5 affordable superfoods to perma-stock at home

Superfoods? What exactly is the deal with them? As we all know, it’s not going to grant us with Avengers-like superpowers, cure us of anything, or prevent diseases; but they are high in wonderful nutrients and antioxidants (though they could sometimes cost a bomb).

But because we all deserve to be super, here are some great and affordable alternatives that are just as nutritious as the usual expensive superfoods!


What are superfoods?

Superfoods ain’t gonna do magic, but they do contain beneficial nutrients and antioxidants that are able to provide positive health benefits. Although they’re good for us, we should not completely rely on it as having a balanced diet of a variety of foods like wholegrains, fruits, vegetables and lean meat is important for a healthy lifestyle.


Flaxseeds/Chia Seeds

chia flax

Picture credits: http://www.learningtoeatallergyfree.com/2012/02/fun-with-chia-seeds-making-chia-seed.html

Both flax and chia seeds are an awesome addition to smoothies and salads as they’re rich in fibre, healthy fats (omega 3 fatty acids), protein, and other great nutrients. Chia seeds are slightly higher in fibre and calcium, while flax seeds are slightly higher in omega 3 fatty acids, so it’s ideal to have a good mix of both!

usual price: $38.40 (500g)



sardine salmon

Picture credits: https://nutritionalthinking.wordpress.com/2013/02/06/what-and-how-to-eat-when-your-gallbladder-doesnt-work/

Both salmon and sardines are a great source of omega 3 fatty acids, which are good for heart health. Both fishes have similar amounts of omega 3 fatty acids but sardines may triumph over salmon as it has three times as much vitamin B12! However, do be wary of having too much canned sardines as it tends to be high in sodium because of the brine. Cut down on too much sodium by avoiding the brine when you have canned foods.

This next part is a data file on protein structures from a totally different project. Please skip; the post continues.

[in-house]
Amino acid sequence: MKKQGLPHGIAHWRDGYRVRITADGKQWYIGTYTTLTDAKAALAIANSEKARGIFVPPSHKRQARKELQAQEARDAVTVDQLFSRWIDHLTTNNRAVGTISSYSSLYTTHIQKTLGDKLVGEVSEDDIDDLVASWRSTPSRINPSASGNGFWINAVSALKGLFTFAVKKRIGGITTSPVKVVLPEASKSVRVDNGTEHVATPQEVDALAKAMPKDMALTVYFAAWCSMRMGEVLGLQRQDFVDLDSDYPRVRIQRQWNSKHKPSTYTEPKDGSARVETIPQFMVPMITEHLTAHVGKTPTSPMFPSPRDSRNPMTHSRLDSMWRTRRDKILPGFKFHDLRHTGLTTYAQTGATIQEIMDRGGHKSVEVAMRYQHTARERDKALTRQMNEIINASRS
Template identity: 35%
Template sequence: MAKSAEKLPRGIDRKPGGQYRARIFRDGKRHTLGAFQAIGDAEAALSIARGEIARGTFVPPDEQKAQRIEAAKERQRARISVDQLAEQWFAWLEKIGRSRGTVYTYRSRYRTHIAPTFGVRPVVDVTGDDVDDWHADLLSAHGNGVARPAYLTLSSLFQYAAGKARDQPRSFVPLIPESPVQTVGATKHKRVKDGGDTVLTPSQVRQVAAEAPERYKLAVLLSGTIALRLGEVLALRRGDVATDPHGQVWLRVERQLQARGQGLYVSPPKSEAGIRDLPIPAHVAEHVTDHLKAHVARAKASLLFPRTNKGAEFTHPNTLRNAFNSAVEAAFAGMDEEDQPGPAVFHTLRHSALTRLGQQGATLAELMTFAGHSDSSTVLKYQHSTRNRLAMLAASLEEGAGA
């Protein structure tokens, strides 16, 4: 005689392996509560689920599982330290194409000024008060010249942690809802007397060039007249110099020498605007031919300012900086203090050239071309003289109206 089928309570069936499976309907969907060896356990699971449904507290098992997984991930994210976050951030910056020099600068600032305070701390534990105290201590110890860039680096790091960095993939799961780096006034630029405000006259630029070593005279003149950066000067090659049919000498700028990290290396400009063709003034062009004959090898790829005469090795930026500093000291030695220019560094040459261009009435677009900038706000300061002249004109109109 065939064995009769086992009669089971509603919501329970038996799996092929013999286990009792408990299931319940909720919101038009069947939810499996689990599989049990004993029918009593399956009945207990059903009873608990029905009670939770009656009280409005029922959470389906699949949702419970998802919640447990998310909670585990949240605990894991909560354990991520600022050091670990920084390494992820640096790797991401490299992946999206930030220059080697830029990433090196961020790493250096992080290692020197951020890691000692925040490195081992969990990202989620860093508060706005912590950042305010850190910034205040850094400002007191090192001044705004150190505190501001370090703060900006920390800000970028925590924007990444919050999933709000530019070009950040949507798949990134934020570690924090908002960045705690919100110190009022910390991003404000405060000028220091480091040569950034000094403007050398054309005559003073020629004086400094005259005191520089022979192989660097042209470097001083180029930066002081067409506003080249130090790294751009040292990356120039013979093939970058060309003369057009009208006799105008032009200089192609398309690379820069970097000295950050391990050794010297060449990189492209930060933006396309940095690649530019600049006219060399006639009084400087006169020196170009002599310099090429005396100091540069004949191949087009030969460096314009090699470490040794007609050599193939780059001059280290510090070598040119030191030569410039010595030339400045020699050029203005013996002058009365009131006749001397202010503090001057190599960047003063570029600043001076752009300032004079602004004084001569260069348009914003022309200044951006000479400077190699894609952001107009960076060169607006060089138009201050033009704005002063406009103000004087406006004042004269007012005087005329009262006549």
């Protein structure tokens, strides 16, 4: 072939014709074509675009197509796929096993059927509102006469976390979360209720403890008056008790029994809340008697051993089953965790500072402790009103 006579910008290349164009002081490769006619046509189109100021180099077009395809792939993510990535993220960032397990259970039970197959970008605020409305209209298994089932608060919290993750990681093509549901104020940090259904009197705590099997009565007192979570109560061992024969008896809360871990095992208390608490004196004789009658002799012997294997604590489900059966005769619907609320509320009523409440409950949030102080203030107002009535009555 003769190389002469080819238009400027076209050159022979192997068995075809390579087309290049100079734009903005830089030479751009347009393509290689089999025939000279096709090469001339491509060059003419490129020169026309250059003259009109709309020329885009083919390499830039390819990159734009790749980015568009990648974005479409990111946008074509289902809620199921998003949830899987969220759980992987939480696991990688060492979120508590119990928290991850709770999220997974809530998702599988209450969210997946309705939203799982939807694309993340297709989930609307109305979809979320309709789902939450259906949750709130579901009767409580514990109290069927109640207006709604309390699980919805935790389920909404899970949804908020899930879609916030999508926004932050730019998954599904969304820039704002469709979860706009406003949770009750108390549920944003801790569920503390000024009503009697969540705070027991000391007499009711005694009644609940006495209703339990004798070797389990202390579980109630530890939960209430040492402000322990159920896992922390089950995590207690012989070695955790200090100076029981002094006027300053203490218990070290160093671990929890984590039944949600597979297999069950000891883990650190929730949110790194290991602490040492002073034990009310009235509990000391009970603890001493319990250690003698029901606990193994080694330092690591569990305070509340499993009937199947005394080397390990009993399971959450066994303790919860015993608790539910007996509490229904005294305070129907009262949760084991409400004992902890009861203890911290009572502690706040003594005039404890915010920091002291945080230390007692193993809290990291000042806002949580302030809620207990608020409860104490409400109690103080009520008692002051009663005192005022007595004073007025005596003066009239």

usual price for sardine: $1.50 (115g)

usual price for salmon: $7.95 (300g)




Picture credits: https://www.yuppiechef.com/spatula/kale-broccoli-chickpea-stir-fry/

Kale is overrated. It’s been overly hyped by celebrities and the media and really is overpriced, especially in Singapore. Instead of splurging on kale, have broccoli instead! They’re almost on par in terms of nutritional value. While broccoli has more vitamin C and sodium than kale, kale is higher in vitamin A and K!

usual price for brocolli: $3.25 (550g)

usual price for kale: $9 (300g)



quinoa lentils

Picture credits: http://www.laaloosh.com/2014/05/14/quinoa-and-lentil-salad-recipe/

Between lentils and quinoa, I’m afraid that I’ll have to announce lentils as the winner. 1 cup of cooked quinoa and lentils offer almost the same amount of calories, but lentils contain 16g of protein while quinoa only contains 5g. But of course, they’re both good for you and contain essential B vitamins and iron, lentils contain significantly more iron and folate, which is needed to make red blood cells and DNA.

usual price for lentils: $3.15 (400g)

usual price for quinoa: $12.90 (500g)


Chickpeas/Mixed nuts

nut mix

Picture credits: http://myhalalkitchen.com/saffron-road-crunchy-chickpeas-and-t-shirt-giveaway/

It’s not one over the other for this one! Both contain similar amounts of fibre and protein and though nuts contain more healthy fats, chickpeas are lower in calories. They also contain different types of nutrients, so it’s best to include some chickpeas into your nut mixes. 🙂

Choose over 50 varieties of nut mixes and more at www.boxgreen.co (shameless self-advertising, but #truestory).


Do remember to include these foods in a balanced diet of wholegrains, fish, lean meat, fruits, vegetables, and healthy snacks like nuts, seeds and dried fruits to reap the full benefits of these powerful superfoods!

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